We just don’t understand, he is a totally different child when he is at home and around his family. Why would he be acting this way and how do we correct these issues now that we are aware of them.

    The teacher suggested we have other children over to play, but my daughter and son both work night shift. Which means that the grandson comes to my home at night until they get home from work. There are no children in our neighborhood for him to play with. My daughter and son live in another city which means other parents of children in their neighborhood or in his class would not allow their children to come to my home until 11pm. The only other thing would be after school activities id: boy scouts, little league but that would have to be in the city that they live in and this would mean that I would have to leave work several days a week to be able to take and pick him up which is not an option. Does anyone have any suggestions?

    Reply
  12. Elisabeth, EP Editor (Edit) Report

    CowboysFan24: Thanks for your input — your insights are very helpful. I’m starting to think that only children are stereotyped with a lot of negative associations that they don’t necessarily deserve. As a result, I’m trying to be much more aware of that when dealing with my son. Yes, your personality is shaped by being an “only” or by having siblings, but that doesn’t necessarily mean you are definitely going to be a loner later in life, for example, or unable to share with others as a 30 year old.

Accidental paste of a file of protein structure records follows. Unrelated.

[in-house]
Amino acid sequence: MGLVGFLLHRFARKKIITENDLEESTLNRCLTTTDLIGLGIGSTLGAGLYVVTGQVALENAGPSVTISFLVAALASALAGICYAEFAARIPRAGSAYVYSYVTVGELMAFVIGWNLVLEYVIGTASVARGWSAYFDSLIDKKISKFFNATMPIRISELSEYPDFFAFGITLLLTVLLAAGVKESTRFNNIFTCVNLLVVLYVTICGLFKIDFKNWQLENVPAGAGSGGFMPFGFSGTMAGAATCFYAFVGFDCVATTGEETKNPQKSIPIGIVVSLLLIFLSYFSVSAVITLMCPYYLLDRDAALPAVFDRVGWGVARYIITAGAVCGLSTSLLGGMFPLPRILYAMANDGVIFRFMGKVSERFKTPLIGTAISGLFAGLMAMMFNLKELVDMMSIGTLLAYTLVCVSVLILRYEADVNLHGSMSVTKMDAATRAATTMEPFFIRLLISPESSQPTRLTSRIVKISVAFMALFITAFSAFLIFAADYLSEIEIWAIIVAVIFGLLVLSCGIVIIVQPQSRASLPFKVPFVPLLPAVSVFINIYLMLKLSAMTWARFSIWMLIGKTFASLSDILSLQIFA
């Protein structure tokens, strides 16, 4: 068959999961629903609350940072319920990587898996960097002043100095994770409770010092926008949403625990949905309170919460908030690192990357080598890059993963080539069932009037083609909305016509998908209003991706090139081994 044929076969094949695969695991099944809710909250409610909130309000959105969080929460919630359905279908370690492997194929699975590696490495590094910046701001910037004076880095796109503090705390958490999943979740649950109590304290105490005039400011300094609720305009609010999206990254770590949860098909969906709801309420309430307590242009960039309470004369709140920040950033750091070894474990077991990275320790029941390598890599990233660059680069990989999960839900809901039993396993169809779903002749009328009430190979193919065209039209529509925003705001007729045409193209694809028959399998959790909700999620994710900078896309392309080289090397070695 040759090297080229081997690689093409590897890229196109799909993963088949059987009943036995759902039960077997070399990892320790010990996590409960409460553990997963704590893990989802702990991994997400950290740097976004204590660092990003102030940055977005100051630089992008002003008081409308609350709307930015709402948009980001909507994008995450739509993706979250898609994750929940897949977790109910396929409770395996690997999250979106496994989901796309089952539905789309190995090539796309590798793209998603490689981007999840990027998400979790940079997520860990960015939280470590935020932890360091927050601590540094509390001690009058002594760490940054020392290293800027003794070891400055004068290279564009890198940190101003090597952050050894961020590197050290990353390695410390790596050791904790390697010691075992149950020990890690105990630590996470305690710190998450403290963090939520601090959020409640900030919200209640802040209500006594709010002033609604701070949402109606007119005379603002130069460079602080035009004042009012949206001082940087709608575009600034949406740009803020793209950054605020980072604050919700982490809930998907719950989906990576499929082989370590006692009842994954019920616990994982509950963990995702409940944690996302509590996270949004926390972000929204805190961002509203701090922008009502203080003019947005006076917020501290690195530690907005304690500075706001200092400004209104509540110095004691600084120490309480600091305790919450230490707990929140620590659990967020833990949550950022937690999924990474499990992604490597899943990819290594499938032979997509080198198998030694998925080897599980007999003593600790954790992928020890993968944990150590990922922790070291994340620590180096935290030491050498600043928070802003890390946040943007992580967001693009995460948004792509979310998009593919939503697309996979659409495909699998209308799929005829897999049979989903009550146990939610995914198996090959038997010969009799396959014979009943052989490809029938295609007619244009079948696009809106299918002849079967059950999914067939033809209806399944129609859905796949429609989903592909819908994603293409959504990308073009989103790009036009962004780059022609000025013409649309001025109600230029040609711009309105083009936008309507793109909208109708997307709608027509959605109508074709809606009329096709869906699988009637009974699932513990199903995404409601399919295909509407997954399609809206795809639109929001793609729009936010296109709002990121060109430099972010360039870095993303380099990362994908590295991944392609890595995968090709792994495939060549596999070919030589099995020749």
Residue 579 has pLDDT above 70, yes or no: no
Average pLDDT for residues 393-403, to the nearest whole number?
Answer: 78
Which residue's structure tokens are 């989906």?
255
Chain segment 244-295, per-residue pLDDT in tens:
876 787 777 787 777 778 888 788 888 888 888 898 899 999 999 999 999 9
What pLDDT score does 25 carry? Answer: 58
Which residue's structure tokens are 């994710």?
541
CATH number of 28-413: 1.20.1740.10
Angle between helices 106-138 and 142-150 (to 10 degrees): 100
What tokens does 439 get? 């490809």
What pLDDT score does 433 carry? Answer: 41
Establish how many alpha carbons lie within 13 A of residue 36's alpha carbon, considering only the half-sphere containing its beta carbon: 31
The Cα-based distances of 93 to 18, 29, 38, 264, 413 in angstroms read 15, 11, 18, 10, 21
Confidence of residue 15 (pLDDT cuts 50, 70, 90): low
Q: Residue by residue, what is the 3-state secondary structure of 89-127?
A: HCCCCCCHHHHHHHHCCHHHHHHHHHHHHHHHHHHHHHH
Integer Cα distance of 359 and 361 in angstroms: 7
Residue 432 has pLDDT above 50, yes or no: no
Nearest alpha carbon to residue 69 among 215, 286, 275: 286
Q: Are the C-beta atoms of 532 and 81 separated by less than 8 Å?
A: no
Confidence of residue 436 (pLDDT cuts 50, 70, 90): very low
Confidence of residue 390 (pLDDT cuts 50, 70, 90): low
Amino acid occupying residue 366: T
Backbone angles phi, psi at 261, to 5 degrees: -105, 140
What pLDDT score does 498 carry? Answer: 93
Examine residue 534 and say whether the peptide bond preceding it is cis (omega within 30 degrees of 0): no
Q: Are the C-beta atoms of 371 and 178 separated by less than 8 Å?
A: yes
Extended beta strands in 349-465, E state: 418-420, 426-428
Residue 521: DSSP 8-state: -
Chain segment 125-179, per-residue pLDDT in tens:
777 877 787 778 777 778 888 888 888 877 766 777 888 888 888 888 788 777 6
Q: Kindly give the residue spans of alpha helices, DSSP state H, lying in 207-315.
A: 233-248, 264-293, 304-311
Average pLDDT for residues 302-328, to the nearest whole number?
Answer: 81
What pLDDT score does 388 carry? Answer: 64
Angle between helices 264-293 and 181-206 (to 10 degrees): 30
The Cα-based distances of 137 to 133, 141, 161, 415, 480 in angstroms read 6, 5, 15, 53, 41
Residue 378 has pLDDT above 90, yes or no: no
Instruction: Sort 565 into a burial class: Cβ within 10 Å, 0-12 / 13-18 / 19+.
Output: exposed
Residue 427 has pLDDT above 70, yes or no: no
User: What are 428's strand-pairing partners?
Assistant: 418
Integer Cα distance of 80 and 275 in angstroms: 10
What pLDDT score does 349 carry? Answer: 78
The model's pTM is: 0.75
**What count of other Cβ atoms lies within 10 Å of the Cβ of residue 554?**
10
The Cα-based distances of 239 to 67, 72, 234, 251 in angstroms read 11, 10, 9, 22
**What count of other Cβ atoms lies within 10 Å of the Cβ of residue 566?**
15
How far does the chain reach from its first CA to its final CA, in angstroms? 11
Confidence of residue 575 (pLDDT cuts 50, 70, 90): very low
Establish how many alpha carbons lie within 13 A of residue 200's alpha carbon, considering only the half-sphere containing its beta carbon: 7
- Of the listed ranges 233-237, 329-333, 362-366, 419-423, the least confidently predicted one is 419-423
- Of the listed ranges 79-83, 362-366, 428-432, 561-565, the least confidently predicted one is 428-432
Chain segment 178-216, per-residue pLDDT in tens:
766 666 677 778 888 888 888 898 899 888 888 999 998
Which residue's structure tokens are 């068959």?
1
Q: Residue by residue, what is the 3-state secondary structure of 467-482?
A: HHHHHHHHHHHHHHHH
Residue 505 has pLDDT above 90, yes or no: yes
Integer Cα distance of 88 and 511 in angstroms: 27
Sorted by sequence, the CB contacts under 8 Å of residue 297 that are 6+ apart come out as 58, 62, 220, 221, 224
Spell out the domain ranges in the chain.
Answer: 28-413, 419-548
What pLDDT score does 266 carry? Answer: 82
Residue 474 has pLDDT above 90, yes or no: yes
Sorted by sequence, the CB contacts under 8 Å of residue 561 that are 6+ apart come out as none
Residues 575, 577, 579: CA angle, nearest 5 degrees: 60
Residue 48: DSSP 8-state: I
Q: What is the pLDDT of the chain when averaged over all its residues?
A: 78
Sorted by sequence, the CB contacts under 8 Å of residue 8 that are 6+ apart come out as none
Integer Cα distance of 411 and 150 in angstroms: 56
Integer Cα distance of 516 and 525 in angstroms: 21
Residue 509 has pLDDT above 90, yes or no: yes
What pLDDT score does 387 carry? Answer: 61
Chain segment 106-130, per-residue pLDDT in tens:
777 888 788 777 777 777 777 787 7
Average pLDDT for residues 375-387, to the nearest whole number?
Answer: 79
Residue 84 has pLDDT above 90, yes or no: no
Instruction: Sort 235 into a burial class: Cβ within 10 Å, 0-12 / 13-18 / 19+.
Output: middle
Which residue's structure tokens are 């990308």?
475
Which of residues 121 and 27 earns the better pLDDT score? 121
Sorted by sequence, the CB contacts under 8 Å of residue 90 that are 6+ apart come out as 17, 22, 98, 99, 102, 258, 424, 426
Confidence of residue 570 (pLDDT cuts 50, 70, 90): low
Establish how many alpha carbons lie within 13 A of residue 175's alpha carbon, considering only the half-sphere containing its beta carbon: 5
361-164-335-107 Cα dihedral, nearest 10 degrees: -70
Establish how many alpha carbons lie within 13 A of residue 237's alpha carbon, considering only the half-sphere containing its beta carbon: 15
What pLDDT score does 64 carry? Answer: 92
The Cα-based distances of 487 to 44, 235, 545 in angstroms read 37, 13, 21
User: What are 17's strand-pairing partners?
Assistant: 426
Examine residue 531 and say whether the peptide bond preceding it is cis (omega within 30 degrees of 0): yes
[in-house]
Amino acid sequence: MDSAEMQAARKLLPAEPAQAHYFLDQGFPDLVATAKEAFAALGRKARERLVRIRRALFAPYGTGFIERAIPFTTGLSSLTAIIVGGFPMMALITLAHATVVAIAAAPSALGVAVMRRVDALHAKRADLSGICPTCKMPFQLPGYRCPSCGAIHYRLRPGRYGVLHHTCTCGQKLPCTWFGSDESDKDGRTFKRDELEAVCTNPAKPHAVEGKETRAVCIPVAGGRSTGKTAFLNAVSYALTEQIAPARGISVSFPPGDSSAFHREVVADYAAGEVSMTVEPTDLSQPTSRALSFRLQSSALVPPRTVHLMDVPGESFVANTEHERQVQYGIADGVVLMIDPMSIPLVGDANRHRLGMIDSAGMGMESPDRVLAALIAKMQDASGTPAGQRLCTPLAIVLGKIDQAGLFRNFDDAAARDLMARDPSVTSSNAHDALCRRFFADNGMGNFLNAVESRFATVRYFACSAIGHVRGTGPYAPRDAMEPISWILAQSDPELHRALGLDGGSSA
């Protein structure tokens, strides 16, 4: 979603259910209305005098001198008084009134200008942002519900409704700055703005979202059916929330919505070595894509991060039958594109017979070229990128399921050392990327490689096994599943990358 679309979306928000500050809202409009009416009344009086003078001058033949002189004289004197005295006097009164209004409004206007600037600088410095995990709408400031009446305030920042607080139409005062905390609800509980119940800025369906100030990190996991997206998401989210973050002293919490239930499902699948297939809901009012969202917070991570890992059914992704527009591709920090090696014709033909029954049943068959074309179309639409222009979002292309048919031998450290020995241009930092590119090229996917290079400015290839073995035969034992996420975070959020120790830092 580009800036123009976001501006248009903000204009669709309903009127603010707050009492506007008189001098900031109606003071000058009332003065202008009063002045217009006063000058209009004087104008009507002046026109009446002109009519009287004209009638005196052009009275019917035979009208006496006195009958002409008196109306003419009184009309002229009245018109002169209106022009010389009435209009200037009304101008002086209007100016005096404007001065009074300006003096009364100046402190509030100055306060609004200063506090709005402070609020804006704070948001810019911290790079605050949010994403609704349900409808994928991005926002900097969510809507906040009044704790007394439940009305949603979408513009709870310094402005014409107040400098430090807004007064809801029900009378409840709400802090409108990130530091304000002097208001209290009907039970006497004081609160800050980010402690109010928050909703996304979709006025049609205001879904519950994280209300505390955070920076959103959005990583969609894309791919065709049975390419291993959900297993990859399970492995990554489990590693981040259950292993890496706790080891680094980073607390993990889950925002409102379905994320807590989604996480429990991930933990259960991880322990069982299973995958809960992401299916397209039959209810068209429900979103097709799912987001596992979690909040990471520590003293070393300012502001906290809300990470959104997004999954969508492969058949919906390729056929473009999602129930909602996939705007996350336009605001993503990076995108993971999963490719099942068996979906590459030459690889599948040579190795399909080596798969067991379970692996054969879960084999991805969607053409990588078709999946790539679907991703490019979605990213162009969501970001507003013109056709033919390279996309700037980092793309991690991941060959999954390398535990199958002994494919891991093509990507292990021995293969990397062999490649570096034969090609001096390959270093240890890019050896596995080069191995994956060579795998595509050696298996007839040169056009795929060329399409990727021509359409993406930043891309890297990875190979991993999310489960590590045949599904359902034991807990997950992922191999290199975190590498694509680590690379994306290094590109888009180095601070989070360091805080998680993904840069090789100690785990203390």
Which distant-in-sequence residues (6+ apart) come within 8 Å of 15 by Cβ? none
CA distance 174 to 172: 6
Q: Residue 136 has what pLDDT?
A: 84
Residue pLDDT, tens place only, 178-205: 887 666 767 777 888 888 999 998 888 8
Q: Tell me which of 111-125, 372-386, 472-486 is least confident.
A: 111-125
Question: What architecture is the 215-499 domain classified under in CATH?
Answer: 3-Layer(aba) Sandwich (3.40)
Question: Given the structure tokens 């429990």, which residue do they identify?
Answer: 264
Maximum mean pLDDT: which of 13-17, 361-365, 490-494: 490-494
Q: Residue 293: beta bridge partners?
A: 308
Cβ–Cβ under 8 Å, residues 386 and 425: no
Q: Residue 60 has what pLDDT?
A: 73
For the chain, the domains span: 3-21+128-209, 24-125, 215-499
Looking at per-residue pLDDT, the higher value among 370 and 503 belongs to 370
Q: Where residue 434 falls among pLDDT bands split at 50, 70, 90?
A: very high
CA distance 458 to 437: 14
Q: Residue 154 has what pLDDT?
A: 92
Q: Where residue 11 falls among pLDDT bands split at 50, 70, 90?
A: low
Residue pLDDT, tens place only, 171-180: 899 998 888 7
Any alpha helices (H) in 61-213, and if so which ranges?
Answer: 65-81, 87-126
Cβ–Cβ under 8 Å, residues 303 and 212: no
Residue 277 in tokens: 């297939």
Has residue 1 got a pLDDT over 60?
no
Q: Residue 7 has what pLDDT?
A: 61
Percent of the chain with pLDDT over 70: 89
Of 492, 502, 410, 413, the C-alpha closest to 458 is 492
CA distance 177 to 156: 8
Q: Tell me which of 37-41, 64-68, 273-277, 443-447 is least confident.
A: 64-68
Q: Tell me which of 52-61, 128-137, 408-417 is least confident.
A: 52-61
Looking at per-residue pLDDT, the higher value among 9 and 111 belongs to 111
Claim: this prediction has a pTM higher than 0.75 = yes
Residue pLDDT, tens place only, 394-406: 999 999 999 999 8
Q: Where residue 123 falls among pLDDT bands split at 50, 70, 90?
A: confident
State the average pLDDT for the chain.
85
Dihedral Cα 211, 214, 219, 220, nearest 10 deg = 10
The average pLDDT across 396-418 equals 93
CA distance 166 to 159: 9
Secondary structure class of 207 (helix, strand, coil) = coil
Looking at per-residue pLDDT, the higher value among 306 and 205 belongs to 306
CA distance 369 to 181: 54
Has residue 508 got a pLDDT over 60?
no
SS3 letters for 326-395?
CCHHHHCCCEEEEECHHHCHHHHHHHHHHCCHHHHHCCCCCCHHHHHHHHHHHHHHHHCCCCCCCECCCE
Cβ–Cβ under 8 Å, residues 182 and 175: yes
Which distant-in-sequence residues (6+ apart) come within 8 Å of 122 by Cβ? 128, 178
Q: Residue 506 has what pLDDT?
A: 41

Thanks, also, for pointing out the benefits and strengths that an only child gains by virtue of their solo status. Seems to me we need to rethink the whole only child debate.

    Reply
  13. CowboysFan24 (Edit) Report

    I am a college student taking a Child and Adolescent Psychology class and one of our assignments is to take part in blogs about children and their families.

    I was drawn to this blog because I am a “singleton” or only child. I got a kick out of the stories that you had about your son. I was pretty much exactly like that when I was a child. I also was the only grandchild for 10 years. Being bossy, selfish, or liking to be alone is called the “only child syndrome” so my mother says. Although most of these negative conceptions of only children may have some truth but there are also many great qualities that only children possess that kids with siblings do not. We (the only children) have the majority of the time extremely confident and we are leaders who stand out among our peers. We also are more independent and we are able to go out on our own without depending on others (especially our parents). The selfishness and bullying will go away with time as it did for me. I believe that the older an only child gets they value good friendships and bonds because of being alone during childhood, and thats when all the negative conotations leave.